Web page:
Do we have permission to observe?
How do we position ourselves in relation to the other?
What can we learn from another species?
How do we practice approaching and being with another so that we allow our senses to observe and find connections?

Following conversations on the practices of observing – where does it stem from? is it a human responsibility or a fetish? how can we thicken the thresholds between the subject and the object? – the group gathered around a plastic container, holding several herring specimens. Katja demonstrated with two, limp herring – one from the Finnish shore, another from the Germanic coast – how greatly the north-south salinity gradient in the Baltic Sea impacts their growth rates. These two fish, both Baltic herring, differed greatly in size. This session also provided the opportunity to approach and observe herring through microscopes: both fish and habitat, seawater, were observed in detail.

What does seawater look like?
What do herring eat?
How is the age of the herring determined?

Beneath one microscope, a Petri dish of seawater shed light on plankton – the herring’s main food source – while another microscope zoomed in on the cross section of a herring’s ear bone, also known as an otolith. Katja explained the importance of the otolith and the data that it contains. Sometimes called the ‘black box’ of the herring, the number of rings seen on the otolith – a bone no bigger than a grape seed – reflect the number of years, and seasons, that the fish has lived, but also records information relating to the herring’s migration patterns and nutrition.

The workshop concluded with an excursion to the shore and out into the Baltic Sea. Equipped with marine binoculars, oversized fishing trousers and fluorescent dry-suits, the participants waded into the waters nearby to look, first-hand, at the herring’s environment. Arja’s question of “how do we enter the herring’s habitat as visitors and carefully sense our way into their world?” resurfaced from earlier in the day as the group navigated their way into space-like skins and stumbled amongst the ensuing waves.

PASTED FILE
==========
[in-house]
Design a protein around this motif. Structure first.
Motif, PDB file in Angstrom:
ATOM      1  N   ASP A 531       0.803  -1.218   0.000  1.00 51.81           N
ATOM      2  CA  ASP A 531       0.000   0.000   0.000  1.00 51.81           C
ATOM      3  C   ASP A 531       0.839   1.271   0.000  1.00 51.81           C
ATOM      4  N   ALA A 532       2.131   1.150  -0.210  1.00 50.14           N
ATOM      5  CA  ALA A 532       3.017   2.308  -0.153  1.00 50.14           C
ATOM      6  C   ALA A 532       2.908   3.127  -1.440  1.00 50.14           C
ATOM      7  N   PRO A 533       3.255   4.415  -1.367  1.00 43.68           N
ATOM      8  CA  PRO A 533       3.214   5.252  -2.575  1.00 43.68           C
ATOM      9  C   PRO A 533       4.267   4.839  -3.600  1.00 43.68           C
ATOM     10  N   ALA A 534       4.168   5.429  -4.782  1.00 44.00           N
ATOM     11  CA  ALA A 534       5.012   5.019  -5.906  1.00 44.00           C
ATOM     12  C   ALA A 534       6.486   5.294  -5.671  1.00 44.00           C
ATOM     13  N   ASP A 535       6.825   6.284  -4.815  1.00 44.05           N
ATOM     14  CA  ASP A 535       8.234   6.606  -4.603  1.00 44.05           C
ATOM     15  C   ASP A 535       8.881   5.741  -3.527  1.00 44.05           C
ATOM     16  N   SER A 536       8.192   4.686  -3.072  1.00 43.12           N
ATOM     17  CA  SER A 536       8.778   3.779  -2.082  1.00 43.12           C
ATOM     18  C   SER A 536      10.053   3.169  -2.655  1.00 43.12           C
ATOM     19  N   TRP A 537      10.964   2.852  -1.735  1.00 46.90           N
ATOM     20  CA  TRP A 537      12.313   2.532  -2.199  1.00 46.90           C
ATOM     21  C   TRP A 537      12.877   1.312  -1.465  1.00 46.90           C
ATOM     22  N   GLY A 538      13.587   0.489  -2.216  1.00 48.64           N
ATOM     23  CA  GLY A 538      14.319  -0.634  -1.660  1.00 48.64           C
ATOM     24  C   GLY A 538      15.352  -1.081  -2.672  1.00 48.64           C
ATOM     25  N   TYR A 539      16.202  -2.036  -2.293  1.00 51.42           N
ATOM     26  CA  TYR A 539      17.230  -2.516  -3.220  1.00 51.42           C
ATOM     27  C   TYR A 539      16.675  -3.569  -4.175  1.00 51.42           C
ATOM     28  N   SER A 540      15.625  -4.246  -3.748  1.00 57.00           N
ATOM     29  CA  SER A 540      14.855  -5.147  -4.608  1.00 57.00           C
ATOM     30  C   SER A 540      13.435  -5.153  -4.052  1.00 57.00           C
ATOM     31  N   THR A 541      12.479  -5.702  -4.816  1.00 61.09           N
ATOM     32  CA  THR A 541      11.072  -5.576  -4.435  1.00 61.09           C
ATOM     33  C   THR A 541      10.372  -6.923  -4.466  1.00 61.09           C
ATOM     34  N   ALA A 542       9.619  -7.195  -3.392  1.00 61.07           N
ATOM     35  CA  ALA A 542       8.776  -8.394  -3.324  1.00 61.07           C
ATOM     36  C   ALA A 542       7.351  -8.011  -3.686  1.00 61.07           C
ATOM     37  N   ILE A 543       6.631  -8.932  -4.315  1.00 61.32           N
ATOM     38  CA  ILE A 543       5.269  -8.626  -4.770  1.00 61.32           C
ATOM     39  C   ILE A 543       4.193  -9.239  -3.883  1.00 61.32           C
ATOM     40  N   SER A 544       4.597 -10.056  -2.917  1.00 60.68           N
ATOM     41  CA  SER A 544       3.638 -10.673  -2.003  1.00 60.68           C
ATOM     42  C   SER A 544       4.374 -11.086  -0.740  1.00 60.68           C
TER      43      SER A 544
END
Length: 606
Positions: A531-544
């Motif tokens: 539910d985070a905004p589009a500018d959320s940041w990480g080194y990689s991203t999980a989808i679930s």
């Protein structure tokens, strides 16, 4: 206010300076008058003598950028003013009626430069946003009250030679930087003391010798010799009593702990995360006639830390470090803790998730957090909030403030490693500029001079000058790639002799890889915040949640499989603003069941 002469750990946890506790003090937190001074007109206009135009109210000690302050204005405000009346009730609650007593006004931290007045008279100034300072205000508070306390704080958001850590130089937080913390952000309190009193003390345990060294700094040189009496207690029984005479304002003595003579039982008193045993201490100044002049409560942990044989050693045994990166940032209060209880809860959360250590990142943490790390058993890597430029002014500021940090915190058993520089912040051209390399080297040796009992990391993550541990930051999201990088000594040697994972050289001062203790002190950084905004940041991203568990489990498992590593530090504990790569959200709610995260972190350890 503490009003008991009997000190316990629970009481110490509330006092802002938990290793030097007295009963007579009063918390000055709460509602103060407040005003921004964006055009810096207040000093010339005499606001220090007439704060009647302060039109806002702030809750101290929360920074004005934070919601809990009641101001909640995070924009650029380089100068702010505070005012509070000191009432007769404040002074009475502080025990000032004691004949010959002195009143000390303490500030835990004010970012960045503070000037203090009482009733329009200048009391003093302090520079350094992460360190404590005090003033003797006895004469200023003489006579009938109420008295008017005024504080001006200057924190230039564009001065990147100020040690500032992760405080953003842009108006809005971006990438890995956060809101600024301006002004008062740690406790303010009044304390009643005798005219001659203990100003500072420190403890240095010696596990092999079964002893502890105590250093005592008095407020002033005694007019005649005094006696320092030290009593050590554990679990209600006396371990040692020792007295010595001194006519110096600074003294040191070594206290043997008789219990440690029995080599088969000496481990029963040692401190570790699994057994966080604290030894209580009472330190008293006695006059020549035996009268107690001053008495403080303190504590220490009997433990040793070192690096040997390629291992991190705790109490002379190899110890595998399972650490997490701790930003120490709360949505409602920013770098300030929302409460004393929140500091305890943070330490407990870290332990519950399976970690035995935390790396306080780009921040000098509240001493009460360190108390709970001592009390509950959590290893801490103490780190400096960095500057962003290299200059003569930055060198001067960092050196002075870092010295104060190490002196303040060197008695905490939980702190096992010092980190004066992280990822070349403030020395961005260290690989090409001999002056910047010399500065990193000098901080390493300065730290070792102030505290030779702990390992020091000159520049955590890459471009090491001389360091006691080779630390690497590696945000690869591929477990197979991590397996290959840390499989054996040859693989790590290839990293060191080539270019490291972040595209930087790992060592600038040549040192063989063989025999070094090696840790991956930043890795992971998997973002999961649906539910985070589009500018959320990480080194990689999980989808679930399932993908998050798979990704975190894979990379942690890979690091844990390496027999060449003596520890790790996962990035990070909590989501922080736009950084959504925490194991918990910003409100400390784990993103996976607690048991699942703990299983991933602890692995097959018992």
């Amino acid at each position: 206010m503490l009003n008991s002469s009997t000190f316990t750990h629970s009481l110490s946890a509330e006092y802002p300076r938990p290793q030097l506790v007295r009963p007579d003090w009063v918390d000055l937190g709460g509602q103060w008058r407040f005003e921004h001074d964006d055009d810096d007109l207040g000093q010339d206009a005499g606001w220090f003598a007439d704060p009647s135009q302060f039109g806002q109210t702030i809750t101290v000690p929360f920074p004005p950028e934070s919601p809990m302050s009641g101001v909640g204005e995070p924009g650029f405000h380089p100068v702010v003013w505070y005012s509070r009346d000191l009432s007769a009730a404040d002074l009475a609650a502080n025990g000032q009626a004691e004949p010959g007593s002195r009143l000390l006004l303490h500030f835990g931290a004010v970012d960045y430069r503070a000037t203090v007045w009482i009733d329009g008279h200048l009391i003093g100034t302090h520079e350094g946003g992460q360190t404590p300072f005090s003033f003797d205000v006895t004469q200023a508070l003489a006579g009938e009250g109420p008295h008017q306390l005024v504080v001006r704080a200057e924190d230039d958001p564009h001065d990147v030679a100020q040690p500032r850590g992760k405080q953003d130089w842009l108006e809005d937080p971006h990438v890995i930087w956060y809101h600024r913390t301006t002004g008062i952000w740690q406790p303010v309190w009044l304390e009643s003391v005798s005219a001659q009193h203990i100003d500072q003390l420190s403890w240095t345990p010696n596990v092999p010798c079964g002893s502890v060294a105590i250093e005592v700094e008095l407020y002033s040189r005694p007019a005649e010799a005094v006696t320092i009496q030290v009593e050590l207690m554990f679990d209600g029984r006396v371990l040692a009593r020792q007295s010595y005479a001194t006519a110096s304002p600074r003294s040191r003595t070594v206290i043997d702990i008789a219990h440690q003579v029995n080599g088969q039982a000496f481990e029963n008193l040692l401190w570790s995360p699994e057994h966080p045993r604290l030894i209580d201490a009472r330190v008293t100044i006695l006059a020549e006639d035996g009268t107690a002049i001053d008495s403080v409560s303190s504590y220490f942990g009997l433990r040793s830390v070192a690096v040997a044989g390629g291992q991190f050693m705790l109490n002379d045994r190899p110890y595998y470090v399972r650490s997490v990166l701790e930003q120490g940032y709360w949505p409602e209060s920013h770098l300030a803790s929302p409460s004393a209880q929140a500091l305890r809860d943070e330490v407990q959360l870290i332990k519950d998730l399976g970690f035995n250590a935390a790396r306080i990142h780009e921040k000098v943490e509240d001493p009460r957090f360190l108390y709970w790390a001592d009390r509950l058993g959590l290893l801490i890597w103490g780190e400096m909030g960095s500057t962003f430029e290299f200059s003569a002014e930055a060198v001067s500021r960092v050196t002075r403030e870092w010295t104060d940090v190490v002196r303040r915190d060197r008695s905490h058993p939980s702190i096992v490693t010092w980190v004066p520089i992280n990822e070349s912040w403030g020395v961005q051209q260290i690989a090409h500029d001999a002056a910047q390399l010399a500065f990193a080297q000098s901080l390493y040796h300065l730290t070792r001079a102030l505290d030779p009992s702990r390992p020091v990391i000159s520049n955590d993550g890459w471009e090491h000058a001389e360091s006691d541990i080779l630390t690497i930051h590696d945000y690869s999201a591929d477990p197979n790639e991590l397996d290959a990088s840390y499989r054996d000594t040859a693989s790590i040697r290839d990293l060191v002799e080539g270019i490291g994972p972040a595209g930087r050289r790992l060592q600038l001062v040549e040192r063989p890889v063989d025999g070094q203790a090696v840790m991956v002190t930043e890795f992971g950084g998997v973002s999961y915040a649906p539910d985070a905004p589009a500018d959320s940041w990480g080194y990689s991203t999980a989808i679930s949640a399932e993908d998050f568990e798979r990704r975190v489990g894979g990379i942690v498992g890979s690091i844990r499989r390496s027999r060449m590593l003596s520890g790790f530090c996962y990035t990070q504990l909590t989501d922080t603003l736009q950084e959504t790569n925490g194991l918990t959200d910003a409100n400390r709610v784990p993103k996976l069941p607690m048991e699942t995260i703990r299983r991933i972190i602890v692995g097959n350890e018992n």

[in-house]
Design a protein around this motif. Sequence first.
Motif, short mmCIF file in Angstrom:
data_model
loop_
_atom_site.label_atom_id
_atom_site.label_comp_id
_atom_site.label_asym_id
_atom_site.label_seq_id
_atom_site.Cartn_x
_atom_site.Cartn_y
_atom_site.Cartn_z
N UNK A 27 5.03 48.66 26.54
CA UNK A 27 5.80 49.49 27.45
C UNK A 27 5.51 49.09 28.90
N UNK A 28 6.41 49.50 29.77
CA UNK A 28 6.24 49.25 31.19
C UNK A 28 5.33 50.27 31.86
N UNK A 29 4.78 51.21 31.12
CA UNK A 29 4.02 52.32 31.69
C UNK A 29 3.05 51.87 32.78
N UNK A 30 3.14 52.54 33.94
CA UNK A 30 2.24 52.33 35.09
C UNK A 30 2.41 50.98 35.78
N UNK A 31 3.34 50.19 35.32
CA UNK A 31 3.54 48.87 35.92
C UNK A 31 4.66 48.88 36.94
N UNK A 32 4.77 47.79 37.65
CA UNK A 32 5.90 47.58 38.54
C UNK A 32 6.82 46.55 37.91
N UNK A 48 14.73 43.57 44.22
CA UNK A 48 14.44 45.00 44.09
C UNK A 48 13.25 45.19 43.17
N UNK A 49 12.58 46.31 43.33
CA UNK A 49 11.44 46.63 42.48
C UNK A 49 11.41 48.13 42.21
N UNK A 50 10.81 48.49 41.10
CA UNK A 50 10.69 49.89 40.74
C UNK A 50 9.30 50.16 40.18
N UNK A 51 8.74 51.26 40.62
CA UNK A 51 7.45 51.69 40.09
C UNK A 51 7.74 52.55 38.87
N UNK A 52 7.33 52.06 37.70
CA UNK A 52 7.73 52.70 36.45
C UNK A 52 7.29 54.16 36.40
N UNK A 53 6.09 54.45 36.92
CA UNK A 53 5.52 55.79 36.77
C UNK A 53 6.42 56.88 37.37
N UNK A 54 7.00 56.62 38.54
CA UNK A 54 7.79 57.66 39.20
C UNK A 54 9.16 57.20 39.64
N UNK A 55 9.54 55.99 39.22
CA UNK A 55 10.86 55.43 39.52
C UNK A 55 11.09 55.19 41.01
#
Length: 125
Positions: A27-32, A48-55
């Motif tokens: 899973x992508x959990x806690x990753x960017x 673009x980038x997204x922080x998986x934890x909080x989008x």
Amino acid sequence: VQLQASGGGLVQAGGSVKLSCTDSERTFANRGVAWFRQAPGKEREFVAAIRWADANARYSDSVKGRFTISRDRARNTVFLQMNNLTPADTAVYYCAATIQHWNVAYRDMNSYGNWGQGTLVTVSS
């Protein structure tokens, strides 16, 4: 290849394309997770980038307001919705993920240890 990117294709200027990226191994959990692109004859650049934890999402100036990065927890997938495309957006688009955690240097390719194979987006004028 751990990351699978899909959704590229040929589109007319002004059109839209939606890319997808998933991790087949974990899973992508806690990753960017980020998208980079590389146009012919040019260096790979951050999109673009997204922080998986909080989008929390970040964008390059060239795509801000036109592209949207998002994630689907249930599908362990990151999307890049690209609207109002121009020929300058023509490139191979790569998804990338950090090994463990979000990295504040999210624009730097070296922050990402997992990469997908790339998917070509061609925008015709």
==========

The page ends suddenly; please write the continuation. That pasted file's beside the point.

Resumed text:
What do the herring think about these fluorescent skins?
Do they record this encounter in their otoliths?

With conical spectacles in hand, the group meandered their way through rock, pebble and plankton, and scoured the seabed for stressed herring. Though sealed from the sea’s immersive matters through reams of latex and rubber, each participant needed to acclimatise to the dense freshness of waters and their push-pull against terrestrially-trained limbs. It is easy to feel unsteady in these currents and to depart the sea destabilised with a lingering motion-sickness. Is this how a herring might feel on land or indeed, in today’s changing currents of the sea? An unease, both physiological and ethical, also lingered in the activity’s mode of viewing: while the marine binoculars facilitated a connection between the group and the herring’s habitat – literally providing a window into a world which is often rendered invisible – their use prompted questions like:

Is this gentle or extractive viewing?
What kinds of perspectives might this mode of viewing open up?
What do we bring to, and take away from, this exercise?

As Arja reflects, one of the activity’s aims was to invite participants to consider how they might attentively sense their way into the herring’s habitat. In engaging with the tools used in scientific fieldwork, the workshop opened up questions regarding human interactions with habitats which are not deemed as their own – though we often exploit them as such. It facilitated a moment to consider what we know, and how we know, the world around us. While the scientific apparatus used in the immersive activity distanced the participants’ skins from the immediacy of environmental touch, it afforded both an affective and embodied experience of the sea – one which highlighted how much we are disorientated by this habitat and, in turn, disorientate it. The activity provided a reminder that ‘humans-are-visitors’ in these waters and as such, we might become more attentive to the worlds which we are disturbing. That being said, it is worth remembering that we are neither entirely removed nor isolated from these habitats: we continue to cohabit this planet with herring, and our ways of thinking, moving and feeling seep, back and forth, between us and our planetary kin across numerous time-scales.

Stressed Herring (Stressaantunut Silakka) is part of a series of events titled How do you know what you know? Exercises in Attentiveness which bring together and open up a multi-year collaboration between artists and researchers at the Archipelago Research Institute on the island of Seili. The series is part of CAA Contemporary Art Archipelago’s project, Spectres in Change, and is supported by the Kone Foundation and the Svenska Kulturfonden.